Telling It Well: Dr Mark Quigley has spent this year doing a whole lot more of what won him the Prime Minister’s Science Media Communication Prize last year.
The University of Canterbury geologist has continued to make himself available to explain the science behind earthquakes and contribute to debate about the rebuilding of Christchurch.
He’s also been making some fascinating scientific discoveries by working close to home and doing science in his own back yard.
Beneath the soils of Mark’s red-zoned Avonside home, he has uncovered the first evidence of historical liquefaction in eastern Christchurch, a discovery that will help scientists learn more about which active faults in the region pose a liquefaction risk to Christchurch and which do not.
He’s also started work on a book that tells both a personal and a science seismic story with alternating chapters on his personal experiences of the Christchurch earthquakes and an explanation of what was going on underground to cause those experiences.
“To include high level science in the book, I have to help do the science that explains what was happening around us during the quakes.”
Mark has used some of his prize money to pay senior postgraduate students to cover his classes at the University of Canterbury while he works on the book and the growing number of peer-reviewed articles he has authored on the Christchurch quakes.
Talking to lay audiences about earthquake science remains a passion. He has given a public lecture about the challenges of precisely and accurately predicting earthquakes and outlined his vision of a hazard resilient city to a New Zealand Institute of Landscape Architects conference.
Mark has taken part in a number of science documentary films, been the lead scientist for an episode of Australian science television programme Catalyst and contributed his scientific expertise to an episode of Learnz, the virtual field trip programme for New Zealand’s education sector.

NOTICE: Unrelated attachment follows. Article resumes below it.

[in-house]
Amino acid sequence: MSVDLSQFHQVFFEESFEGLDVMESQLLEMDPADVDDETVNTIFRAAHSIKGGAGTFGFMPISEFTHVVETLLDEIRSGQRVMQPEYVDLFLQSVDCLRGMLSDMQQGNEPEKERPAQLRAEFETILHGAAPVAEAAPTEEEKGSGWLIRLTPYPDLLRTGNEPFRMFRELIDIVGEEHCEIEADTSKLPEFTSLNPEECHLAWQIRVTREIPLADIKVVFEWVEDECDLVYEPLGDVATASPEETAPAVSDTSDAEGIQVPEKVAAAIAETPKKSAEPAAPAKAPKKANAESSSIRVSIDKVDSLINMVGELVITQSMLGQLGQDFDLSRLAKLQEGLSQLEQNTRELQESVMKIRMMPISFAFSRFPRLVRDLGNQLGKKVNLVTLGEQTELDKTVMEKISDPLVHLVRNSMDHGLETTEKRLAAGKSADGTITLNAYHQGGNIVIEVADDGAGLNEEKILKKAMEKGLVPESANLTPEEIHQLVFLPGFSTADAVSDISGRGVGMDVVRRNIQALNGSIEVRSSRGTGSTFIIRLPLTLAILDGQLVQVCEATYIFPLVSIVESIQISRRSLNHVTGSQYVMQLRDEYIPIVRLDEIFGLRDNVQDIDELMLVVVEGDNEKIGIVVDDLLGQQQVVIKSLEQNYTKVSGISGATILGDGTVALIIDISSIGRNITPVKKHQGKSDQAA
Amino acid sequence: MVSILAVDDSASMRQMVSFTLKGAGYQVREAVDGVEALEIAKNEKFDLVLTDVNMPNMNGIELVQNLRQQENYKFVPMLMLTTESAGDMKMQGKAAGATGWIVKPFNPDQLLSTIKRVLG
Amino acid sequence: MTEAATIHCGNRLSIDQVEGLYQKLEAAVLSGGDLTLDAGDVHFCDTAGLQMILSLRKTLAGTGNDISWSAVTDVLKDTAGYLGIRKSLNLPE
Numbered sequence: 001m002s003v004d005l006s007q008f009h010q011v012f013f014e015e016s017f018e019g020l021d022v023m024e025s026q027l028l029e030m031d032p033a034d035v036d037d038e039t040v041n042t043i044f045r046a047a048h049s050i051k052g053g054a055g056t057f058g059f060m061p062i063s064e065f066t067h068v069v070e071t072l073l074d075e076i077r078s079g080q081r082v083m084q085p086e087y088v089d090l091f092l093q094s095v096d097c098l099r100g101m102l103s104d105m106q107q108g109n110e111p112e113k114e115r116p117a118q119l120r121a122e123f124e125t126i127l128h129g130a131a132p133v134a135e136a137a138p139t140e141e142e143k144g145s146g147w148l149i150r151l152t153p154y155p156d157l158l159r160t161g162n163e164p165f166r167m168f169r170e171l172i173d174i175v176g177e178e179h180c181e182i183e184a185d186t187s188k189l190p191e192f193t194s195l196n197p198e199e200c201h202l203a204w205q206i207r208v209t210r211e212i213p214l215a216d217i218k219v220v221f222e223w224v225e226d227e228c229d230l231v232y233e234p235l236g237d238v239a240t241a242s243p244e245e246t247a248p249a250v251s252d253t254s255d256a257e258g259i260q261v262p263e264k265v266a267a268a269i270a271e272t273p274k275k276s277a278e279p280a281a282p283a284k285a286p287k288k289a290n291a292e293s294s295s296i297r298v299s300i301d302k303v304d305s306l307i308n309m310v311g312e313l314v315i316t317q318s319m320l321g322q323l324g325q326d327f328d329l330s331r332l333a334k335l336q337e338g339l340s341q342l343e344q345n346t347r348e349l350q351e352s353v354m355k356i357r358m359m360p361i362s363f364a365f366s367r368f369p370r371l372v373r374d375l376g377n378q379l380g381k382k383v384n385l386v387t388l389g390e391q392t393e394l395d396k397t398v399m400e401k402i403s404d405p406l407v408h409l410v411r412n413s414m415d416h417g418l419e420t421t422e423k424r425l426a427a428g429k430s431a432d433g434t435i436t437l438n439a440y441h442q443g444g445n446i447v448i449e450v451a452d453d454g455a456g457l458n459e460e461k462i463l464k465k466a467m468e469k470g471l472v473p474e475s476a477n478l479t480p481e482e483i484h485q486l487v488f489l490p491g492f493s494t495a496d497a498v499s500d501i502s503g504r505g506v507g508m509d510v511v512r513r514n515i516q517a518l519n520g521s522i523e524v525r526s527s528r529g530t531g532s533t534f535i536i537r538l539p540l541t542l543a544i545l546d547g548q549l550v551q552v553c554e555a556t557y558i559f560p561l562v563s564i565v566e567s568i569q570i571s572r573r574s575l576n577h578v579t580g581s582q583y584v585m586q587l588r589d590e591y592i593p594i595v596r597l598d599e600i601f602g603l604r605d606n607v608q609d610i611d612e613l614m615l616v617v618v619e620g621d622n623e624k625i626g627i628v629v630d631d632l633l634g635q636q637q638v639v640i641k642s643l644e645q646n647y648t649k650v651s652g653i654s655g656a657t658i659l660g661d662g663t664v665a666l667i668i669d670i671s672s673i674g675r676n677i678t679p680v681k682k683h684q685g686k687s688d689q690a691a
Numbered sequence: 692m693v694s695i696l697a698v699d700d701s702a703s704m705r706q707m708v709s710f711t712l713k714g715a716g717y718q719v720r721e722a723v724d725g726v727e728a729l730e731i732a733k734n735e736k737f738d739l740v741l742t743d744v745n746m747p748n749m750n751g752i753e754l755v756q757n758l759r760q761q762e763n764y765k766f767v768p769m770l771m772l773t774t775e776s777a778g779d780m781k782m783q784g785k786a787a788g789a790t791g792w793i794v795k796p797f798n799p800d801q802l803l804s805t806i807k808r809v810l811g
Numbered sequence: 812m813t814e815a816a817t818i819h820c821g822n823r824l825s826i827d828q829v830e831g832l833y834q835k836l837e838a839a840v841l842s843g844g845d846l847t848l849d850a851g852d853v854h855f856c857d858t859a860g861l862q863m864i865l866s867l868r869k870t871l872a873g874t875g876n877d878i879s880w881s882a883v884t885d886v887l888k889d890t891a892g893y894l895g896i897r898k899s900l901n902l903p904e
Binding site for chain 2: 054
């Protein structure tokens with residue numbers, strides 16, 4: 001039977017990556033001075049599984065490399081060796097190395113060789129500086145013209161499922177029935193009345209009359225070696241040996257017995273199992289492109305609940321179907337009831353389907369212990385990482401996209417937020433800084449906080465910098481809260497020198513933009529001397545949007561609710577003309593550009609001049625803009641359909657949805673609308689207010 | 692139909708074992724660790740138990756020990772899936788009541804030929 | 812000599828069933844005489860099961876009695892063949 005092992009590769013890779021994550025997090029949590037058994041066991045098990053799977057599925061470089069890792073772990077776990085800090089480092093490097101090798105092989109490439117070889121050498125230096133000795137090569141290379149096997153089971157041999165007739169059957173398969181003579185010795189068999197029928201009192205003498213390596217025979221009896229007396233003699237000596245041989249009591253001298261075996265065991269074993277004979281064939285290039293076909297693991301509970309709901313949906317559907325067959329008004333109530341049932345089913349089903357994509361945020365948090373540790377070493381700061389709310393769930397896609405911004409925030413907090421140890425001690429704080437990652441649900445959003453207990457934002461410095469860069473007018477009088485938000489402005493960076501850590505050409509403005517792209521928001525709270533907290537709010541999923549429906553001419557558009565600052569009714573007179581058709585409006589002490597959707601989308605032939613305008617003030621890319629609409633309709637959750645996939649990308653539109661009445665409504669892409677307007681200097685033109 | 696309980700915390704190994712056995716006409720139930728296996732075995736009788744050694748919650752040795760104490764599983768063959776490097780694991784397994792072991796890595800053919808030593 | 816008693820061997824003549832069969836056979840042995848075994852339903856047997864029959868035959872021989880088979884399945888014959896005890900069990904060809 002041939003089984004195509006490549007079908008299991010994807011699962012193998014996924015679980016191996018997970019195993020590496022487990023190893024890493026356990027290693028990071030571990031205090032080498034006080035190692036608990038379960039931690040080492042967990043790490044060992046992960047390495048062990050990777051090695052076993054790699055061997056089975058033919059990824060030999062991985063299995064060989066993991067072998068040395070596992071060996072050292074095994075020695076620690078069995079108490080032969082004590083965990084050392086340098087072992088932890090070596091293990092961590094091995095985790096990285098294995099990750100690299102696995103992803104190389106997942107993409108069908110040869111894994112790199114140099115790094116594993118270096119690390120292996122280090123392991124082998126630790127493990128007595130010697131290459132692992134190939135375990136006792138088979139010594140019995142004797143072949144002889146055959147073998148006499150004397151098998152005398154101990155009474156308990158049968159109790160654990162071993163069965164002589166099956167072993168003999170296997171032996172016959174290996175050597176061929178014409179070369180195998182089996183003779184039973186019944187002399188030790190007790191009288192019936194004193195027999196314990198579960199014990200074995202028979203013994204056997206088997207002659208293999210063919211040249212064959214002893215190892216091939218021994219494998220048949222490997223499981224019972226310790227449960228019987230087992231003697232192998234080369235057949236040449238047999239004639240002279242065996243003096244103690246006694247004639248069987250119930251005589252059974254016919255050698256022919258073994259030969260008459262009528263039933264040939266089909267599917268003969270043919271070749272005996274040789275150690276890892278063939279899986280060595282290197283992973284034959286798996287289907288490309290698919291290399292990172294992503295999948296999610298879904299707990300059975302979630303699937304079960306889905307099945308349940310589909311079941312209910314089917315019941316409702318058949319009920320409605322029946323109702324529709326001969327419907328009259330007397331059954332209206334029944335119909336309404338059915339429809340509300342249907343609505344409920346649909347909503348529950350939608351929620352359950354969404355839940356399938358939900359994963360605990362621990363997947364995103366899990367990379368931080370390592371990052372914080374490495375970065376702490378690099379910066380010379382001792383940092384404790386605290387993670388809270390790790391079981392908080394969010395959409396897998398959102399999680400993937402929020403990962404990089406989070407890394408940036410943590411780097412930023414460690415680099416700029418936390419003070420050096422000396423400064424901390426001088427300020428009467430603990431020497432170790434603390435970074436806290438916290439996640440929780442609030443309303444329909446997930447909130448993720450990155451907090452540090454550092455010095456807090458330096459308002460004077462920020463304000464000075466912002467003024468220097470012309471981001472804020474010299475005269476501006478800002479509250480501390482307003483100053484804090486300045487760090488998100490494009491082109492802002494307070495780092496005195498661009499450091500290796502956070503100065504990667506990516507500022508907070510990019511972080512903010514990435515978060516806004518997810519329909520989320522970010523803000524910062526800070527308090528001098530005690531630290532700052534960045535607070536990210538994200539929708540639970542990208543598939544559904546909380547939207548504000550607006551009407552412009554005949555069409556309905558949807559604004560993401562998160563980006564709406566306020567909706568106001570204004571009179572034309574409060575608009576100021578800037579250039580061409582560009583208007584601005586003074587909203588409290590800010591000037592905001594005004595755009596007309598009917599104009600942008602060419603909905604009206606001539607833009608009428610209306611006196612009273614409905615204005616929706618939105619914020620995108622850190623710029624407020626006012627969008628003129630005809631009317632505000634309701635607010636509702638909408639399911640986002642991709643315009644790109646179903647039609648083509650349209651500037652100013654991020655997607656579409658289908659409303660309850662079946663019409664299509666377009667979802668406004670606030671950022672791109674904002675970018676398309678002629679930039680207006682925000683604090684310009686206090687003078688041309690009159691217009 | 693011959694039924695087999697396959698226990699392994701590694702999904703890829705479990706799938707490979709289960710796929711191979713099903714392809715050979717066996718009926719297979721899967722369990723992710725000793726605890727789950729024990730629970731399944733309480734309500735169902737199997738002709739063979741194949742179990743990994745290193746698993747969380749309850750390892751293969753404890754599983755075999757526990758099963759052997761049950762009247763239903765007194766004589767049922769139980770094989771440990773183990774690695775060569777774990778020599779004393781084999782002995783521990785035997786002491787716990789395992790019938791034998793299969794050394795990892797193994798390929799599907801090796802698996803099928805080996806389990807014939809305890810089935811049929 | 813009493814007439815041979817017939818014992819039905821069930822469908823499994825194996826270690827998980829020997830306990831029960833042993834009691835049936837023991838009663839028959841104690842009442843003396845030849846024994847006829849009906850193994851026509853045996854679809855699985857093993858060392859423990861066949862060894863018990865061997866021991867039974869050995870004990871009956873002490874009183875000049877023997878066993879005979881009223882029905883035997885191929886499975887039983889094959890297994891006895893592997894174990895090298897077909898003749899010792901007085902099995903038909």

Additionally, he’s pursued an aspiration formed when he won a Prime Minister’s Science Prize by supporting the development of a media training course for scientists which will be piloted at the University of Canterbury in October.
Designed with busy scientists and researchers in mind, the workshops will involve working journalists and focus on encouraging effective media engagement, building skills and confidence, and enabling scientists to successfully navigate a range of media encounters. They will be run by New Zealand’s Science Media Centre.
“It’s great to have been able to support this initiative both personally and with some of my prize money,” says Mark. “The world has changed so much in the last 100 years and today’s scientists must be able to communicate quickly, effectively and efficiently across a range of media channels.
“This course will help encourage and develop more effective science communicators in New Zealand.” To read more visit http://www.sciencemediacentre.co.nz/2012/08/31/fostering-our-emerging-science-communicators/
2011 Prime Minister’s MacDiarmid Emerging Scientist
The nomination process itself is an important learning experience, says the 2011 Prime Minister’s MacDiarmid Emerging Scientist Rob McKay from Victoria University.
“It really forces you to focus on the key questions you’re trying to address and how this is relevant for society. Improving my communication skills in the nomination process has also led to improved clarity in how I communicate to specialists in my field.”
Rob, who is a climate change scientist, says the prize money has been a huge boost.
“You can use it for research over which you have sole ‘creative’ control and, at an early stage in your career, it definitely helps to develop research independence.”
He says the prize has also increased his profile and his standing among scientific peers and “opened a few more doors that would otherwise have been available”. It has led to invitations to be involved in scientific planning committees and will help fund international collaboration in world-class laboratories.“One of the things that surprised me the most was the international attention and recognition this prize has. It has also allowed me to expand my research group with part of the prize money going towards supporting a PhD student.”